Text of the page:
The answer to this last question may be clear to some, nonetheless Franco is intent on having some fun with our assumptions. Also on loop in the "Viewing House" is a hilarious appropriation of the tradition of Kirk/Spock sex narratives (yes, Captain Kirk and Mr. Spock) that launched the genre of homoerotic parody known as slash fiction. The bit is as funny as it is pertinent. In Franco's telling, our star crossed voyagers get hung up in the bedroom because of a species divide that prevents Spock from becoming functionally aroused in the way Kirk expects. "It would be illogical to cover my genitals," the Vulcan explains to his baffled partner, "I use them to operate the science console."

It is interesting to see how Franco mixes overt nods to sexual difference with more coded and complex references to queer iconography. In a longer film made with his part time collaborator Carter, a segment called "The Saint" shows Franco ordering a line of archers to shoot flaming arrows at a mannequin who, in the context, becomes a stand in for St. Sebastian, one of the first homosexual icons. The film also includes a very beautiful shot of a suddenly riderless mechanical bull rotating and softly bucking before an archery target--a really wonderful moment. "The Feast of Stephen," dedicated to (openly gay) filmmaker Kenneth Anger and (probably straight) poet Anthony Hecht, and named for a very homoerotic poem by the latter, depicts a homosexual fantasy incited by a boy on boy beating. The effect of this mix of both public and private outing practices, as I experience it, is to reinscribe techniques of queer performance as rhetorical tropes available for employ by any artist, regardless of sexuality. Pretty interesting stuff. Ok, ok, it's also possible that this is simply what happens when you give a kid with lots of firepower the keys to the queer theory game room.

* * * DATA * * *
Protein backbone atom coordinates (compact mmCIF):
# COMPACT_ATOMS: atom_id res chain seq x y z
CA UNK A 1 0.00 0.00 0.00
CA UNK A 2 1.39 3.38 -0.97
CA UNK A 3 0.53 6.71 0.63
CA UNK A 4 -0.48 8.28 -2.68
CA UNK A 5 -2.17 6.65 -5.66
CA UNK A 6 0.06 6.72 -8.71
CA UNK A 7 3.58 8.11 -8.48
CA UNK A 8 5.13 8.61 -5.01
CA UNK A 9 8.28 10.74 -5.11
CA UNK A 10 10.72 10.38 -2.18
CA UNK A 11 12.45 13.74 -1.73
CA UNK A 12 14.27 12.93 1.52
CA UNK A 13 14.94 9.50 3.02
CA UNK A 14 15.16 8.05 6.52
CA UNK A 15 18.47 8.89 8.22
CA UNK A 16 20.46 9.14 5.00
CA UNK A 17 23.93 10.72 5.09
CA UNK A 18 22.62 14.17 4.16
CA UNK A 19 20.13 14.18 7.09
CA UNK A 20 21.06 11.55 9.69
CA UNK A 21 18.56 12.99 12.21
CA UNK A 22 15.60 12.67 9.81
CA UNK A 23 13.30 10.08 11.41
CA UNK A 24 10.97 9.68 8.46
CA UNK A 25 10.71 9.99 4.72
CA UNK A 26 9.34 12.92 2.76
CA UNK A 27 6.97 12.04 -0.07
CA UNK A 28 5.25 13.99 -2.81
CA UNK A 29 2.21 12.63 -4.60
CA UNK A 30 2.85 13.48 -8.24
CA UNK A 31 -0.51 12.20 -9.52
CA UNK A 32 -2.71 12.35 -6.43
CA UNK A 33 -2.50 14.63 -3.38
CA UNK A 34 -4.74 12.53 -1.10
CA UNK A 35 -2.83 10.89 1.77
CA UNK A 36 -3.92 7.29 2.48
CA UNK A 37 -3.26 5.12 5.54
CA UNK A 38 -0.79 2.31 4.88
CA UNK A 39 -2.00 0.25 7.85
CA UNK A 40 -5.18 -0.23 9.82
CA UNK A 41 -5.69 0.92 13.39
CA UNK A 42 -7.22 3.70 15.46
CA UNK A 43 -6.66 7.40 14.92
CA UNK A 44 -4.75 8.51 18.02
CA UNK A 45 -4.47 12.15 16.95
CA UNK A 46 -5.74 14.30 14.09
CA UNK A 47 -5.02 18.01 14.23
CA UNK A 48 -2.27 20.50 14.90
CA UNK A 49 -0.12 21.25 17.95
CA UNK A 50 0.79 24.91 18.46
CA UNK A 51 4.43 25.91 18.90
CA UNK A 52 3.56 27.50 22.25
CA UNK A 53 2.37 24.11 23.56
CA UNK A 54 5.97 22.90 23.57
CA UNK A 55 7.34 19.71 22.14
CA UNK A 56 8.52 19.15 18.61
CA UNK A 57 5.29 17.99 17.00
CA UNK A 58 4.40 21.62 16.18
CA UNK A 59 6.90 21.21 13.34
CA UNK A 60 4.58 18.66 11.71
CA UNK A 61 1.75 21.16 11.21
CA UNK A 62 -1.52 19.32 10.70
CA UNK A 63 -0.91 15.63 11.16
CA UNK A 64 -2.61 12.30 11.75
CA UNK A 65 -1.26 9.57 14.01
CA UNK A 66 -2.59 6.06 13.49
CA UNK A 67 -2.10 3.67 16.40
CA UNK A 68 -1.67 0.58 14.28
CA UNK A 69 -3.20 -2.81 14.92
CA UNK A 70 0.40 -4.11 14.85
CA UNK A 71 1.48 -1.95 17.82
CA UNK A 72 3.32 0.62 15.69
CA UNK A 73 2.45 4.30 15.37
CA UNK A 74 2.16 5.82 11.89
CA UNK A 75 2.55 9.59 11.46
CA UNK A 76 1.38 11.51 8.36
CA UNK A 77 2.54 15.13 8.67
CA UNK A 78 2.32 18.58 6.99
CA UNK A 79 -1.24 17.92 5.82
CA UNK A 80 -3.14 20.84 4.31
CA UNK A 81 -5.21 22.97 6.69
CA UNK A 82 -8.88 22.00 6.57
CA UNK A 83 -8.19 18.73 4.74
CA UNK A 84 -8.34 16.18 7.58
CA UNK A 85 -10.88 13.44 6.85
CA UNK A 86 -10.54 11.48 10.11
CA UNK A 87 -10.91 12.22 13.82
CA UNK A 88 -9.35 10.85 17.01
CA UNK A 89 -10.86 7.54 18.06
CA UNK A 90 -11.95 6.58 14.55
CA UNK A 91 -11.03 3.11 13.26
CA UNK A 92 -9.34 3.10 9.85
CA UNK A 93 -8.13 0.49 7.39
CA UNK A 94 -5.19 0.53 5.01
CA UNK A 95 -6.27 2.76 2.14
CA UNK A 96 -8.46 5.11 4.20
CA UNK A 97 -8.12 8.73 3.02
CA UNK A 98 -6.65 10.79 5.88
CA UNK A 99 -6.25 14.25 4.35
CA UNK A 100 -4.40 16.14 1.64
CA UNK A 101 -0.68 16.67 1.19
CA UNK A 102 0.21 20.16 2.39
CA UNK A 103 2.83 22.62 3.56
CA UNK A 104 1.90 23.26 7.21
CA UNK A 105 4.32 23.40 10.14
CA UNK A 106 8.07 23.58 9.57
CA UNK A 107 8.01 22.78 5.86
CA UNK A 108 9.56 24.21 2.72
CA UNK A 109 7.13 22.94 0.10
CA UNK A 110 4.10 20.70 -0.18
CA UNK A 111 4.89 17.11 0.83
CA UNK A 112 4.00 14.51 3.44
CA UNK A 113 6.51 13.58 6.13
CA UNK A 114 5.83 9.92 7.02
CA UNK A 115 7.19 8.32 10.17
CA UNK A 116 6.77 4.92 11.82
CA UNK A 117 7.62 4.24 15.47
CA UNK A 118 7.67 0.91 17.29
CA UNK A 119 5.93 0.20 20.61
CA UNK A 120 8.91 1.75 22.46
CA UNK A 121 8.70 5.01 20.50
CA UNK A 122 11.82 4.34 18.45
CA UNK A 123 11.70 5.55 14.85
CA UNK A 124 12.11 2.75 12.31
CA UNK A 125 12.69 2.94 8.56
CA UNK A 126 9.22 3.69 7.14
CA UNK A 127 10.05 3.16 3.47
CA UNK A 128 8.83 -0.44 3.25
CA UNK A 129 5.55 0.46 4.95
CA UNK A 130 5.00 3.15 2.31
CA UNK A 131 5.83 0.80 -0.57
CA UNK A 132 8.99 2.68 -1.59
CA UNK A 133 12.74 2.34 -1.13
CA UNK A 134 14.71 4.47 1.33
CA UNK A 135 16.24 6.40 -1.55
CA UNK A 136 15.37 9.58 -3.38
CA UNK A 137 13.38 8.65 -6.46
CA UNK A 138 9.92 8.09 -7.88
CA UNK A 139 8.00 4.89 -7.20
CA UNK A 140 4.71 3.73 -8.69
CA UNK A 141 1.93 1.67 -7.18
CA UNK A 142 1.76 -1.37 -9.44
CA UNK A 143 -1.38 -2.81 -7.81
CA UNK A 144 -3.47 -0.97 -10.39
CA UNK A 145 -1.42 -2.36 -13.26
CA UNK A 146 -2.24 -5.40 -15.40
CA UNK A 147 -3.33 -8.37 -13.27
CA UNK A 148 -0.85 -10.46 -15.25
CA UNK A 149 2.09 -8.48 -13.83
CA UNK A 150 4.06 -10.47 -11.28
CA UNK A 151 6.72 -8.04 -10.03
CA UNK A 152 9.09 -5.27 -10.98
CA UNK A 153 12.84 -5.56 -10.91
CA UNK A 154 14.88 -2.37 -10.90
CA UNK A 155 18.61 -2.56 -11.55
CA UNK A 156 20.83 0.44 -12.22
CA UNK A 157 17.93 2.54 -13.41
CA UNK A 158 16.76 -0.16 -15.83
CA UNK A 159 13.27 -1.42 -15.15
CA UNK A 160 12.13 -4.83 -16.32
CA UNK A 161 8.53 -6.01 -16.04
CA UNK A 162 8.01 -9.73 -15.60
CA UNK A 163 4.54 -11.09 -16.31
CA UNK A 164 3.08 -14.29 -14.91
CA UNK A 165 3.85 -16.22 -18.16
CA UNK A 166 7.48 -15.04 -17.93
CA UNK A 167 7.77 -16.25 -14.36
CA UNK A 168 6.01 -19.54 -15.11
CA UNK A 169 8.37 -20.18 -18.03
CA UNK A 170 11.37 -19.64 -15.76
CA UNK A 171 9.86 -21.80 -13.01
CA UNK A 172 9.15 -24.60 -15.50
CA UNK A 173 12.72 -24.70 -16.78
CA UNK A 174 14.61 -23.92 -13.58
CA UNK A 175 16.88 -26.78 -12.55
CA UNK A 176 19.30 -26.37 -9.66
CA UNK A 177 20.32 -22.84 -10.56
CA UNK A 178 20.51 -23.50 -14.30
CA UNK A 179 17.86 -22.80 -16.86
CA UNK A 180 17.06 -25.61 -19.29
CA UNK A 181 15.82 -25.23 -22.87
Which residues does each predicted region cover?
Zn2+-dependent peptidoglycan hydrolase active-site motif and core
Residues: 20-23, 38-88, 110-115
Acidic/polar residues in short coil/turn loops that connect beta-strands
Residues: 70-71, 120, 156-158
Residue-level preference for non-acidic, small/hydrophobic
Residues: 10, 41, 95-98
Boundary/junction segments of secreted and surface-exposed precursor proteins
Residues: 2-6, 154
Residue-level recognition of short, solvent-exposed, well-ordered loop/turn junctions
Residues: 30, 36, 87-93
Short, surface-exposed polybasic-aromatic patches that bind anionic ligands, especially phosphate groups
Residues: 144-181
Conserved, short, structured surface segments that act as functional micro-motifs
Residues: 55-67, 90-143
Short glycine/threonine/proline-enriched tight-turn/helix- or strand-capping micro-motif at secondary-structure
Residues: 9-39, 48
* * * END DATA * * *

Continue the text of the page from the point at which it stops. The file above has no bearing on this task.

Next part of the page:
Either way, this is an engaging first show from Franco, and a daring move from Heiss.

"The Dangerous Book Four Boys" is on view at the Clocktower Gallery, at 108 Leonard Street, through September.